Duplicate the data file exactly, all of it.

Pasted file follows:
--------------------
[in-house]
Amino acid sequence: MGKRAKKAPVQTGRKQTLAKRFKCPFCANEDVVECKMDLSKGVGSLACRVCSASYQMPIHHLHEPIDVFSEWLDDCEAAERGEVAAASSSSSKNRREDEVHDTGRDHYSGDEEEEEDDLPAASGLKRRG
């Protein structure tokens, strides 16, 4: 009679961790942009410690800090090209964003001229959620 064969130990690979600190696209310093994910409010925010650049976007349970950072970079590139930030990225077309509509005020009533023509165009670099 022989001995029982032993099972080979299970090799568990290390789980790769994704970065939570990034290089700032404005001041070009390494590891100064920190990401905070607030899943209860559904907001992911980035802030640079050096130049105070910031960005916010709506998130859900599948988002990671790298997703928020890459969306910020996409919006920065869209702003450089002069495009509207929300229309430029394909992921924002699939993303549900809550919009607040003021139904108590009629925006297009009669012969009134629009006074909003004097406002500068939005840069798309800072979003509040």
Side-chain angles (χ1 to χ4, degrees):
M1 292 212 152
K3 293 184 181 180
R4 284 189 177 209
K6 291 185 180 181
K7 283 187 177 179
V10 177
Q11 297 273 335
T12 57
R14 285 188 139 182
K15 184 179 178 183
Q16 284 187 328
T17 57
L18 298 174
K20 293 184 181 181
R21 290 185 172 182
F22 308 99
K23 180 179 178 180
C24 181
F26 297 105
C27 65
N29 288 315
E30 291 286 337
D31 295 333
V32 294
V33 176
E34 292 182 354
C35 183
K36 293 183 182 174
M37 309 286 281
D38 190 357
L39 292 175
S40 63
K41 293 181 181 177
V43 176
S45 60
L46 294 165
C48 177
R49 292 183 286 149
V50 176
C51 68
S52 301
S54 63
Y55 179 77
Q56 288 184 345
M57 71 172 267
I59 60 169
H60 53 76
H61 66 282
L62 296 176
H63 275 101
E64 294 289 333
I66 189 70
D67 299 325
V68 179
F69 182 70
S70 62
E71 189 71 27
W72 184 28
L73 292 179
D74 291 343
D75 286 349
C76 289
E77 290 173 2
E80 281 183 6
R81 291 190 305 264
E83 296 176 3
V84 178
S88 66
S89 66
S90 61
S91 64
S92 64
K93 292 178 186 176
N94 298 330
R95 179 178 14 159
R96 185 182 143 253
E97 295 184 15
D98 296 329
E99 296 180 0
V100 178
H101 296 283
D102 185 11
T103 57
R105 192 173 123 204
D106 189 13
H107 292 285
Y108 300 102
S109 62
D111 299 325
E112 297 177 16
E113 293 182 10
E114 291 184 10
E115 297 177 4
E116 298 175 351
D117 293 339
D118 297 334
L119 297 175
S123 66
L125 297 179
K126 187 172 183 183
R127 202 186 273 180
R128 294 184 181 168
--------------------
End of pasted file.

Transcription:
[in-house]
Amino acid sequence: MGKRAKKAPVQTGRKQTLAKRFKCPFCANEDVVECKMDLSKGVGSLACRVCSASYQMPIHHLHEPIDVFSEWLDDCEAAERGEVAAASSSSSKNRREDEVHDTGRDHYSGDEEEEEDDLPAASGLKRRG
């Protein structure tokens, strides 16, 4: 009679961790942009410690800090090209964003001229959620 064969130990690979600190696209310093994910409010925010650049976007349970950072970079590139930030990225077309509509005020009533023509165009670099 022989001995029982032993099972080979299970090799568990290390789980790769994704970065939570990034290089700032404005001041070009390494590891100064920190990401905070607030899943209860559904907001992911980035802030640079050096130049105070910031960005916010709506998130859900599948988002990671790298997703928020890459969306910020996409919006920065869209702003450089002069495009509207929300229309430029394909992921924002699939993303549900809550919009607040003021139904108590009629925006297009009669012969009134629009006074909003004097406002500068939005840069798309800072979003509040």
Side-chain angles (χ1 to χ4, degrees):
M1 292 212 152
K3 293 184 181 180
R4 284 189 177 209
K6 291 185 180 181
K7 283 187 177 179
V10 177
Q11 297 273 335
T12 57
R14 285 188 139 182
K15 184 179 178 183
Q16 284 187 328
T17 57
L18 298 174
K20 293 184 181 181
R21 290 185 172 182
F22 308 99
K23 180 179 178 180
C24 181
F26 297 105
C27 65
N29 288 315
E30 291 286 337
D31 295 333
V32 294
V33 176
E34 292 182 354
C35 183
K36 293 183 182 174
M37 309 286 281
D38 190 357
L39 292 175
S40 63
K41 293 181 181 177
V43 176
S45 60
L46 294 165
C48 177
R49 292 183 286 149
V50 176
C51 68
S52 301
S54 63
Y55 179 77
Q56 288 184 345
M57 71 172 267
I59 60 169
H60 53 76
H61 66 282
L62 296 176
H63 275 101
E64 294 289 333
I66 189 70
D67 299 325
V68 179
F69 182 70
S70 62
E71 189 71 27
W72 184 28
L73 292 179
D74 291 343
D75 286 349
C76 289
E77 290 173 2
E80 281 183 6
R81 291 190 305 264
E83 296 176 3
V84 178
S88 66
S89 66
S90 61
S91 64
S92 64
K93 292 178 186 176
N94 298 330
R95 179 178 14 159
R96 185 182 143 253
E97 295 184 15
D98 296 329
E99 296 180 0
V100 178
H101 296 283
D102 185 11
T103 57
R105 192 173 123 204
D106 189 13
H107 292 285
Y108 300 102
S109 62
D111 299 325
E112 297 177 16
E113 293 182 10
E114 291 184 10
E115 297 177 4
E116 298 175 351
D117 293 339
D118 297 334
L119 297 175
S123 66
L125 297 179
K126 187 172 183 183
R127 202 186 273 180
R128 294 184 181 168